Ear Cleaning Tips For Better Hearing

Earwax is a vital bodily fluid that lubricates the ear canal and protects the tiny hairs that enable us to hear. However, an excess of earwax can cause problems, including hearing loss. Excess earwax can usually be removed with ease, but you should not ignore this problem as untreated hearing loss can lead to many more serious problems. If you have noticed a decline in your ability to hear, especially if this affects one ear more than the other, it is possible that an earwax blockage could be causing or contributing to your difficulties.

What is the safest way to clean your ears?

The safest way to clean your ears is to visit an earwax removal technician or a doctor. We strongly advise against cleaning your own ears. Ear drops should be used in guidance with the manufacturer's instructions but that it’s not ideal you can damage the ear, professional ear cleaning is best.

Cleaning your own ears

In general, our ears produce the amount of earwax they need. However, some people do experience excessive earwax. This can be caused by too much cleaning, where the ear produces more earwax in an effort to re-establish an appropriate amount. It can also be caused by some medical in some cases, hearing aids can contribute to the perception that people have more earwax, because they sit in the ear canal and prevent it from coming out naturally. Hearing aids are fitted with wax filters for this purpose, which need to be changed regularly.

Can I use ear cleaning drops?

Since earwax is necessary, you shouldn’t clean it too much – you simply don’t need to. However, you can wipe away any visible excess earwax using a damp cloth. But we strongly advise against using cotton buds.

In fact, you shouldn’t stick anything in your ear canal.

Cotton buds are definitely a bad idea. They may look soft, but they are made from artificial fibres that can scratch and inflame the sensitive skin inside the ear canal, leaving it open to infections. There is also a risk of damage to the eardrum, or even a potential rupture, if the wax becomes impacted against the eardrum. Ear drops should never be used if perforation is present (this is a hole in your eardrum) ear drops should be used in guidance with the manufacturer's instructions but that it’s not ideal you can damage the ear, professional ear cleaning is best.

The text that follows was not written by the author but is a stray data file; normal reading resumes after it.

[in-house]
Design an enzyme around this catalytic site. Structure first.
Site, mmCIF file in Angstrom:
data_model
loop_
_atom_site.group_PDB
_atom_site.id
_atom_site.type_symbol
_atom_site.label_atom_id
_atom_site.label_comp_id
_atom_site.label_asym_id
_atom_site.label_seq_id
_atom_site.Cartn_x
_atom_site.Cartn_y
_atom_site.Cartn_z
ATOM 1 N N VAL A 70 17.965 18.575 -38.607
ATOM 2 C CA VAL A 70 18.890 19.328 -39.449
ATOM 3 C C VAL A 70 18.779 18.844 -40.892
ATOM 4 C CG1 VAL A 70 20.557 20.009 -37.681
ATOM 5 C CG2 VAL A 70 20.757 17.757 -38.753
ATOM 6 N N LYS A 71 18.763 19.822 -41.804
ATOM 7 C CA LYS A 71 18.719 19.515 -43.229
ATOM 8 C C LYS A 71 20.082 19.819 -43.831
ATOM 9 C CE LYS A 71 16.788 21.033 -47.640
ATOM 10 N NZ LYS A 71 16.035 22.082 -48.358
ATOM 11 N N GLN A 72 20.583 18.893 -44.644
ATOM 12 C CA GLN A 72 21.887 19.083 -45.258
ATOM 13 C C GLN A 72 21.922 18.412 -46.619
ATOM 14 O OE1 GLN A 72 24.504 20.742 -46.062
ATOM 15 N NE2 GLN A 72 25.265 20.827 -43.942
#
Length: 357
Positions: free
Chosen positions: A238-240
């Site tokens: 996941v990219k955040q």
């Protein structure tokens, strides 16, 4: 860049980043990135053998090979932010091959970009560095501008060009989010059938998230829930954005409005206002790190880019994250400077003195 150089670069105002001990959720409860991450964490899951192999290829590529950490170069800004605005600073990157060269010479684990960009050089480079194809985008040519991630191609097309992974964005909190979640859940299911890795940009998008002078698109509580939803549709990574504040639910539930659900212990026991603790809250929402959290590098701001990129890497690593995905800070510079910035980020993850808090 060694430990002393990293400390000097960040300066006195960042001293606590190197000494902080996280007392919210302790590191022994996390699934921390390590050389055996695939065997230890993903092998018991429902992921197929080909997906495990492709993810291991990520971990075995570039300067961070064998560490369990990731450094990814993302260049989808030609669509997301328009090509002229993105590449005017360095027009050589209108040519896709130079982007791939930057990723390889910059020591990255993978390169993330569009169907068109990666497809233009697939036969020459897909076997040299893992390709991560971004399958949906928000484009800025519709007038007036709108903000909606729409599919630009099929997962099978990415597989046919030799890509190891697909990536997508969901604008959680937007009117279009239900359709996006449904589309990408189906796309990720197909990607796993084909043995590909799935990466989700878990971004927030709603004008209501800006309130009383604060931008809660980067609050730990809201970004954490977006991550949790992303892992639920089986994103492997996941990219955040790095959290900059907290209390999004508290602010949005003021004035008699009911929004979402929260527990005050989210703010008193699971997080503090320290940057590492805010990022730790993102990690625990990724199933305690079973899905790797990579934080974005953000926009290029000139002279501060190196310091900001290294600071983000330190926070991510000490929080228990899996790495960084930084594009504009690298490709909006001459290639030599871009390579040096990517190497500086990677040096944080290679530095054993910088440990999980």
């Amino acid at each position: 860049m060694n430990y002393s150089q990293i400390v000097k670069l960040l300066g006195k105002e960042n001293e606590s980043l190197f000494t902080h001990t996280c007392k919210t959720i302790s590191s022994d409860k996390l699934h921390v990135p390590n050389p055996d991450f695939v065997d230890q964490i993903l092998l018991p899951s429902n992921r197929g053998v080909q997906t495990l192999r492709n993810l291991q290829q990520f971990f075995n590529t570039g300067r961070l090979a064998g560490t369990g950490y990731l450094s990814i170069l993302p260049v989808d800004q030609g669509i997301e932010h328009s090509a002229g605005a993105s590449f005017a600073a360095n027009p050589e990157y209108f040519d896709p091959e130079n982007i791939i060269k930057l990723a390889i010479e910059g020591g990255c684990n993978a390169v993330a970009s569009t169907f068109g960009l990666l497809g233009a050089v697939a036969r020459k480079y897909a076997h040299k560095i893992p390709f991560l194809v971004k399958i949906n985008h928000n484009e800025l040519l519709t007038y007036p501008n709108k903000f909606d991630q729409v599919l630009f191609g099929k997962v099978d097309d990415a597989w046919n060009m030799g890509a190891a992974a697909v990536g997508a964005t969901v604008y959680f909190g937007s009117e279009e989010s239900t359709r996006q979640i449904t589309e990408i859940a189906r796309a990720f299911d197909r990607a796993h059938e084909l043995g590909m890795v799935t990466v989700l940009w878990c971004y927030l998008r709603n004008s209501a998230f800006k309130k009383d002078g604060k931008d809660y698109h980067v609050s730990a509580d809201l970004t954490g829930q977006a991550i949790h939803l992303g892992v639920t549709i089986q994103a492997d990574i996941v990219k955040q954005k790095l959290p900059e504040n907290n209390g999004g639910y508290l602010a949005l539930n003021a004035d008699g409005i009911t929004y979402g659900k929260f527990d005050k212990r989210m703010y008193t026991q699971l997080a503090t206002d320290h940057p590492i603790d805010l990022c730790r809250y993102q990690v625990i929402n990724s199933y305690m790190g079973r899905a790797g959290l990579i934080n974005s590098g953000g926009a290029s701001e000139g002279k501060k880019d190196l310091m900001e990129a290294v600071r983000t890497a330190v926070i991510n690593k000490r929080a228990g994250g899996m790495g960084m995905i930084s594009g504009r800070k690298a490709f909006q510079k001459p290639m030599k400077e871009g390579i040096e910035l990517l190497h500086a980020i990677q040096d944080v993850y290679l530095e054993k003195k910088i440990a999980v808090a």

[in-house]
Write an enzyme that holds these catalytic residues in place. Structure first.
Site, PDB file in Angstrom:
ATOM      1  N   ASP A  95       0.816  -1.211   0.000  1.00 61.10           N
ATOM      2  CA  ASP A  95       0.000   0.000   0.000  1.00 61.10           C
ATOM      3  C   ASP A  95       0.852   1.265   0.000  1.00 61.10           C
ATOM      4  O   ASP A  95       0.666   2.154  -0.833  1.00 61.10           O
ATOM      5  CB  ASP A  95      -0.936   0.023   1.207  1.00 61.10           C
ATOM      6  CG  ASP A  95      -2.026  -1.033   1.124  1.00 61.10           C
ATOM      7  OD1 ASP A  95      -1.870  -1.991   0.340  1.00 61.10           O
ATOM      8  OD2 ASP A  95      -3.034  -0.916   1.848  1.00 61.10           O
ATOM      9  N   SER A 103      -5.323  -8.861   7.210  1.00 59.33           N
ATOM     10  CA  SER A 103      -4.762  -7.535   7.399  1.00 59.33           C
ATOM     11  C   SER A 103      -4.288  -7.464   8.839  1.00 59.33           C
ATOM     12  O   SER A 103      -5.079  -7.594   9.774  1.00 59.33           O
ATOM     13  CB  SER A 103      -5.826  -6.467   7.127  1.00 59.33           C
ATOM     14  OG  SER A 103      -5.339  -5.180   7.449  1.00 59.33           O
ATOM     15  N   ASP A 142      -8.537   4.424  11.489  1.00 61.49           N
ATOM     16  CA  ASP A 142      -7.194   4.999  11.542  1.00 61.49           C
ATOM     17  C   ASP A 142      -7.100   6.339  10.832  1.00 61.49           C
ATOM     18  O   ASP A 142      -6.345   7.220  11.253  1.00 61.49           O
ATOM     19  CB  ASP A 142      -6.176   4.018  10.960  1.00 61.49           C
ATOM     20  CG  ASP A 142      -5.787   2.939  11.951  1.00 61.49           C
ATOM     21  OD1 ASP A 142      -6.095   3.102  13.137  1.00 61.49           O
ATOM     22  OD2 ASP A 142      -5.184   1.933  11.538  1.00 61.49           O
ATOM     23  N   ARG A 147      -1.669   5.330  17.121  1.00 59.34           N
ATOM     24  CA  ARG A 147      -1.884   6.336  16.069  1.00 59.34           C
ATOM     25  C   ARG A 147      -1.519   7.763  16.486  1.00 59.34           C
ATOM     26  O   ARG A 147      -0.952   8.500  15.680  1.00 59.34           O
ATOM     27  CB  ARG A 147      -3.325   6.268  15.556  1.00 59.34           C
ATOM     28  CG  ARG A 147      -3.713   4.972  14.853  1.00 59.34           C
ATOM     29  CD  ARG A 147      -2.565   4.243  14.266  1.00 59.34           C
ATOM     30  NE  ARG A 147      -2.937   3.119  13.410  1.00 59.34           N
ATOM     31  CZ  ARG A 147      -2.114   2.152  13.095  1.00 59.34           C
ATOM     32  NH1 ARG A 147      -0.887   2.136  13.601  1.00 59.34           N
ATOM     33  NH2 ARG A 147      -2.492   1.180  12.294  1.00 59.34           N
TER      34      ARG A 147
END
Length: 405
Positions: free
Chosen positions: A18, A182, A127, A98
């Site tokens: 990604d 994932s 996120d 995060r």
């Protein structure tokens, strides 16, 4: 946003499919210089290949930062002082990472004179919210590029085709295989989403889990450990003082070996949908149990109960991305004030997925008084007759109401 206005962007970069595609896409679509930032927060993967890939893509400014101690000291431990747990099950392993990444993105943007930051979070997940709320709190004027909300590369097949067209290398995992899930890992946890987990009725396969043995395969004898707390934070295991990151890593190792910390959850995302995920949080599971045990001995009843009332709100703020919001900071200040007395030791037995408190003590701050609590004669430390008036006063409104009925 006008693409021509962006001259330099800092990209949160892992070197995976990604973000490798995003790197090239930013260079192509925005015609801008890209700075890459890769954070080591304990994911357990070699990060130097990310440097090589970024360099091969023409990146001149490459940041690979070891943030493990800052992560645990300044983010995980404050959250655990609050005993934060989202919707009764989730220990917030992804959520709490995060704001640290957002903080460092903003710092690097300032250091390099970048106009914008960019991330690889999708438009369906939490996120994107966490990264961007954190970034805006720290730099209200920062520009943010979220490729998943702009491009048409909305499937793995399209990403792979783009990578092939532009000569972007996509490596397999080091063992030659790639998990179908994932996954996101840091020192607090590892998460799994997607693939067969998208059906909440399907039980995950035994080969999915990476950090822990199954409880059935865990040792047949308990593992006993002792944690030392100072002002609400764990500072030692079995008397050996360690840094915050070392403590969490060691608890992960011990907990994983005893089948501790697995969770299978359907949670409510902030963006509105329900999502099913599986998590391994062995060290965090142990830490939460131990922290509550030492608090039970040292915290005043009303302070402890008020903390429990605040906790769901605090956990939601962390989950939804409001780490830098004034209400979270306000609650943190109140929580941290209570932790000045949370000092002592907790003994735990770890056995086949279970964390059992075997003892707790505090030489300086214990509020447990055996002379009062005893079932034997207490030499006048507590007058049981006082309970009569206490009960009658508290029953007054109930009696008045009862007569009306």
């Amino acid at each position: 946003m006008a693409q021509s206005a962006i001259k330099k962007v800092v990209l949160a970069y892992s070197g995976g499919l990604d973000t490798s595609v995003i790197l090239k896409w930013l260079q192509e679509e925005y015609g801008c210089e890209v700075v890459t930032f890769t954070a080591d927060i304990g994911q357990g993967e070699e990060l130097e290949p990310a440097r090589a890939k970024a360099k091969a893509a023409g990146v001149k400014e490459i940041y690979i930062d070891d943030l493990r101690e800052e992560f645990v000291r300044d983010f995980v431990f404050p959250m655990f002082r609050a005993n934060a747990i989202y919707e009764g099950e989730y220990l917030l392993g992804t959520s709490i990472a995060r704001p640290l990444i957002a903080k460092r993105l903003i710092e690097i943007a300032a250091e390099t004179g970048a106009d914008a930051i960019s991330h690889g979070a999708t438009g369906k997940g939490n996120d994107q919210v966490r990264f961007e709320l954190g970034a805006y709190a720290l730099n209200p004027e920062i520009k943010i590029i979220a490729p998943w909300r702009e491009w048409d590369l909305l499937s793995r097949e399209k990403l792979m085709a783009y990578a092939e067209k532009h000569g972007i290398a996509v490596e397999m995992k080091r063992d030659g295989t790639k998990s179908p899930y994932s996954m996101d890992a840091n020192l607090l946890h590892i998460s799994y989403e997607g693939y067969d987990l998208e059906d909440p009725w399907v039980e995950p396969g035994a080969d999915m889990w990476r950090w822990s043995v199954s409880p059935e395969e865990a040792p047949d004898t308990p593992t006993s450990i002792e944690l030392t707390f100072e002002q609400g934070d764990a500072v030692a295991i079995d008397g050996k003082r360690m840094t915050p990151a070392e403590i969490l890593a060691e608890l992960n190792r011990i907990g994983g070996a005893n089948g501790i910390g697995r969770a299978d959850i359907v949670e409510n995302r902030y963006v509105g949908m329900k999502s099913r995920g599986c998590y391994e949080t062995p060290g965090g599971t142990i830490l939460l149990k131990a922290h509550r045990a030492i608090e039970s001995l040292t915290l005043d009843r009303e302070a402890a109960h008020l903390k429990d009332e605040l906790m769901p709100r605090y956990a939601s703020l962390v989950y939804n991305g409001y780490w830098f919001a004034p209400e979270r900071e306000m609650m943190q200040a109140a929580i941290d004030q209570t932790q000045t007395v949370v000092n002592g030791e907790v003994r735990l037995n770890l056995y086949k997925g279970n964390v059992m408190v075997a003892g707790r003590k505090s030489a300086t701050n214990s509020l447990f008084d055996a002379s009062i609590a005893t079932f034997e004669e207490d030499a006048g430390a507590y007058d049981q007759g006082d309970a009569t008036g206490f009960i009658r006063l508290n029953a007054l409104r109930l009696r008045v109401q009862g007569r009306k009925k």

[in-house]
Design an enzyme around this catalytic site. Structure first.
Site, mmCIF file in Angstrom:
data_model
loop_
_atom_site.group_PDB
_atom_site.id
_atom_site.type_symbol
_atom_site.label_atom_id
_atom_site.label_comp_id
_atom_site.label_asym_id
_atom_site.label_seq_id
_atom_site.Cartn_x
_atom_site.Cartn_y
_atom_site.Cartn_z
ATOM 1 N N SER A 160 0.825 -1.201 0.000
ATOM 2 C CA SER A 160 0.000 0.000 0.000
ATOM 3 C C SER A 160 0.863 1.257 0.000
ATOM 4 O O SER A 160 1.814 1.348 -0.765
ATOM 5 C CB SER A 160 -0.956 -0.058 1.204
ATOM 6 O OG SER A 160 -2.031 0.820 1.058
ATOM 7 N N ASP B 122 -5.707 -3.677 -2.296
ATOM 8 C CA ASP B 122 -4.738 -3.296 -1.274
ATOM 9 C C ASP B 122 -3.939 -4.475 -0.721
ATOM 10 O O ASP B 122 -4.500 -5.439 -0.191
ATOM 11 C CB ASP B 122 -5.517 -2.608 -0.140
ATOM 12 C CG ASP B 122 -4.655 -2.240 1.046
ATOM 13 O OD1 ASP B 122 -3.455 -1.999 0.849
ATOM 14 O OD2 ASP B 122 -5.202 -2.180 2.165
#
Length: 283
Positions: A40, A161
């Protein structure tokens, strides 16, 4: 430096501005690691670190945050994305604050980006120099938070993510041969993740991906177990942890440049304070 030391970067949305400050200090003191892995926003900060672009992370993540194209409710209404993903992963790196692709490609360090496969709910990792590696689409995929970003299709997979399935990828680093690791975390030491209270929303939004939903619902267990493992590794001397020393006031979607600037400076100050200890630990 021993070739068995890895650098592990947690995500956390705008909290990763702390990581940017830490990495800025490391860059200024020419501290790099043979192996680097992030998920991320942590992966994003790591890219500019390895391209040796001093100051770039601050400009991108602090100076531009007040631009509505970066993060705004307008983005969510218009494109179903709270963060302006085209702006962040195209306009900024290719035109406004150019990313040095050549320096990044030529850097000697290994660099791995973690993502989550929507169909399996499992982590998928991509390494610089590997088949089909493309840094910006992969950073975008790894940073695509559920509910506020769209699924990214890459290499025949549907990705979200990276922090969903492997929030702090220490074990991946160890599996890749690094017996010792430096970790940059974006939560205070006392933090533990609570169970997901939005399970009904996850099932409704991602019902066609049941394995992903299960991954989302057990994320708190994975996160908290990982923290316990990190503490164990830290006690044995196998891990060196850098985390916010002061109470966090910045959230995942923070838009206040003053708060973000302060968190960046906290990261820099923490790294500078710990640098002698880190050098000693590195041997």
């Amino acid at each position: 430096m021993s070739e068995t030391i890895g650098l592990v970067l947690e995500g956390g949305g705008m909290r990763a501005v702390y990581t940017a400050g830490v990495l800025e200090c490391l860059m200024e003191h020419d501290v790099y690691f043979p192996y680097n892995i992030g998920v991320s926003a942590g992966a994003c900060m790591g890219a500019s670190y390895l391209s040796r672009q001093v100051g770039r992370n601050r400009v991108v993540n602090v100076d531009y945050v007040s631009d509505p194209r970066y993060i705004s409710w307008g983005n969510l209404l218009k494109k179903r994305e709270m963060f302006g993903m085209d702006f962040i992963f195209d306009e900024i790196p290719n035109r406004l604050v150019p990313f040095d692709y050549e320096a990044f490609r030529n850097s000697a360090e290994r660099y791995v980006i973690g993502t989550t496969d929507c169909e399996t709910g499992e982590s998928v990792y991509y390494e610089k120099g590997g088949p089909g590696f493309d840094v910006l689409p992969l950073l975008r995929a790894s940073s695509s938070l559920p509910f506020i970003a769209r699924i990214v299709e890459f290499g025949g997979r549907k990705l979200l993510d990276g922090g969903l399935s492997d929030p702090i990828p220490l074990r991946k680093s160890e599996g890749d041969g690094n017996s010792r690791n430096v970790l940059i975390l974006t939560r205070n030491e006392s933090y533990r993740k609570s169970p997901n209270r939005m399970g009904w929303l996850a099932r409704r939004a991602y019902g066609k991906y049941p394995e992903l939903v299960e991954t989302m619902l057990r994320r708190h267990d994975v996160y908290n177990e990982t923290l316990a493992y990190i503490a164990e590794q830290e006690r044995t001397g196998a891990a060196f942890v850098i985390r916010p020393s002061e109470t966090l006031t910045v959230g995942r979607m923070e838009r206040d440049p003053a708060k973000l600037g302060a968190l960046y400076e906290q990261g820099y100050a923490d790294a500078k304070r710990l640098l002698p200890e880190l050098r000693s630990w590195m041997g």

How often do I need to get my ears cleaned?

There is no one answer to this as everyone’s body produces earwax at a different rate, so it’s impossible to give a definitive answer. Genetics, diet, and exercise can all be other factors affecting wax build up. Our professional earwax removal technicians can advise you on what frequency you should clean your ears.

How not to clean your ears

It is possible. Ironically, it is often when people try to clean their ears by sticking things in them that they can push earwax inwards and create a blockage. Pushing earwax too far in can make it go in beyond where the skin grows outwards, so it gets stuck. Over time, wax can become compacted and it might lead to hearing loss.

There are many methods of removing earwax, including ear irrigation and micro suction, but most of these are safely performed by a doctor or earwax removal technician. You may wish to try eardrops or mineral oil at home, to soften the earwax, but a professional opinion is always helpful, especially if this is a recurrent problem for you.

Paul O'Hara; Audiologist

My name is Paul O'Hara, and I became an audiologist because I am naturally fascinated by hearing's science and the phenomenon of sound. I wanted to pursue a career that satisfies my curiosity and supports my passion. Every day and every person is different. I love my job, especially when I meet a patient who has all but lost the power of hearing, and I know I can help.

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